If Aretha’s confidence came from her realization of vocal mastery, Sister Rosetta’s might have come from simply not giving a flying rat’s ass about critics or convention. Her performances, as a vocalist and a guitarist, are impressively uninhibited. She’s so full of idiosyncrasies and personality that my speakers can barely contain her. (There’s a ton of live footage of her out there too. Just search the usual spots, and the rewards will flow forth. Reach out your hand.) Her biting guitar solos pepper the listener with slicing notes and trills. She bends the strings into and out of tune with abandon. Her vocals sound like she’s smiling. Wildly. All the time. And that translates across all these decades and all this distance and all this history. I’m unaware of any other performer with a style that could be considered similar.
VMP still has this one up and available for purchase. That suggests that it may not have sold as well as some of their other Records of the Month. My suggestion would be that you avail yourself of this fact. You’ll be smiling back at your speakers, smiling at you if you do.
And that about does it for this month, but I thought I’d throw one in at the end to grow on. Not that the music will have to grow on anyone. It should take hold right away if anyone ever gets around to hearing it. We’re talking here about a recent compilation that Sundazed released called My Goodness, Yes! It’s comprised of R ’n B tunes by mostly obscure artists from 1969 and 1970 on Nashville’s Silver Fox label. There’s a companion piece compiling songs from Silver Fox’s parent label from around the same time. The two sets are populated by many of the same artists, in fact. Let’s see…
I chose this record for a few reasons. First: I love old Rhythm and Blues records, and I have since I was a little kid. I was nagging my mom to take me to see the Temptations and the Four Tops while my classmates were more fixated on Bon Jovi. Or Cyndi Lauper. Billy Ocean? Whatever. Second: Kevin Gray mastered this release. I trust his ears and his hands. He almost certainly didn’t have access to the original master tapes for this project, I’d imagine that would have been cost-prohibitive, but there is depth and clarity to spare here. It sounds great. Third (and in this case, most importantly): My Goodness was pressed at Third Man in Detroit. Lemme explain that last bit…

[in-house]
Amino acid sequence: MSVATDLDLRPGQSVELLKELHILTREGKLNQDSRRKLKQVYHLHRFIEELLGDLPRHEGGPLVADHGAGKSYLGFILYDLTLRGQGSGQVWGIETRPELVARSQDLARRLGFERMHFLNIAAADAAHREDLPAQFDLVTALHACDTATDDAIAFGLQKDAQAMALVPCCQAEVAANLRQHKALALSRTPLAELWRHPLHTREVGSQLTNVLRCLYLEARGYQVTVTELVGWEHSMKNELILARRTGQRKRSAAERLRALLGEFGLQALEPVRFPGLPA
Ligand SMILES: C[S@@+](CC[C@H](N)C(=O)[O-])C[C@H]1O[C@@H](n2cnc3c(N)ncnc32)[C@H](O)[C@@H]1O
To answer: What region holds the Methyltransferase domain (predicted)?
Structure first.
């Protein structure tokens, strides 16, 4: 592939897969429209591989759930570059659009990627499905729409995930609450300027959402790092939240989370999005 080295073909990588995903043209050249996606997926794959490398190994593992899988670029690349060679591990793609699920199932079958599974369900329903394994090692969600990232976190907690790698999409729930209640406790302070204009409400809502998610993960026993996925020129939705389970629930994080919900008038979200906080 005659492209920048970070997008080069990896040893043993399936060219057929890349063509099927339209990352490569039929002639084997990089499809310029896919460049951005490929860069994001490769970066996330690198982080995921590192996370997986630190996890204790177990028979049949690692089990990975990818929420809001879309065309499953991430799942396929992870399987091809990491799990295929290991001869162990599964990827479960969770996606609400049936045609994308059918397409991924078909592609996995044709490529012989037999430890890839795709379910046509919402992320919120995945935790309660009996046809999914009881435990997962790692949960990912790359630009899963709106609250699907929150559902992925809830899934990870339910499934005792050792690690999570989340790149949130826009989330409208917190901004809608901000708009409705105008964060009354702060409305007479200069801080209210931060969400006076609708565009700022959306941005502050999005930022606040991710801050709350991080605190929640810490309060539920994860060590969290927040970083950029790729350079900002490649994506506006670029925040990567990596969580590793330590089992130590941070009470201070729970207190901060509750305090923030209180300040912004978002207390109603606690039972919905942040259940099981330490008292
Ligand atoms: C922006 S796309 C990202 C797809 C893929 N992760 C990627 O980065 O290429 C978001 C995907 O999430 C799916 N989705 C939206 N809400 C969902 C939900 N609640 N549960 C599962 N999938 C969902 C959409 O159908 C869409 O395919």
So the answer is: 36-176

I am quietly of the opinion that Third Man Pressing is doing consistently great work. But I can’t be sure because I don’t consistently buy records they’ve pressed. I have a few, though. My John Lee Hooker and Muddy Waters discs are silent. Flat. Dead quiet. And, to cut to the chase, so is My Goodness, Yes! It’s on kooky gold vinyl, so it’s hard to get a read on the visuals, but it’s easy to hear the results of Third Man’s work. It’s noiseless when it’s supposed to be. That’s all I care about. I’m not worried about whether or not an album weighs 180 grams. I’d actively prefer that it not weigh 200 grams. Those strain the spindle on my record cleaner. This record is of a reasonable weight, it’s not warped or dished, it’s pressed on-center, and it sounds really, really good.
So, this experiment was a success. I have three records that span a significant portion of the pressing plant’s young life, and they’re all really well done. Which leaves me wishing that Third Man would take on more true audiophile projects. Ben Blackwell, Jack White’s right-hand man, was interviewed for the stellar Vinyl Nation doc, and he spent his camera time lamenting audiophiles’ relentless focus on “all the wrong things.” He didn’t expound, but I suspect that he bore the brunt of a million complaints about the albums that Third Man Records was released when they were pressed at United in Nashville. They heard from me more than once. Which is why I also wish that Third Man would go back and retroactively atone for all those amazing and pricey Third Man Vault releases that were full of such great content and pressed on such crappy Vinyl. I won’t be waiting by my mailbox expectantly, but it’s a fun fantasy.
(The music on My Goodness is a blast. Hank Ballard’s version of “Sunday Morning Coming Down” would have been worth the price alone. There are some groovy instrumentals too. I’m going to grab the other Sundazed disc from the same series because I know that I’ll have two high-quality comps that I can spin when I’m in the mood for some obscure Soul music that’s not been done to death. Highly recommended.)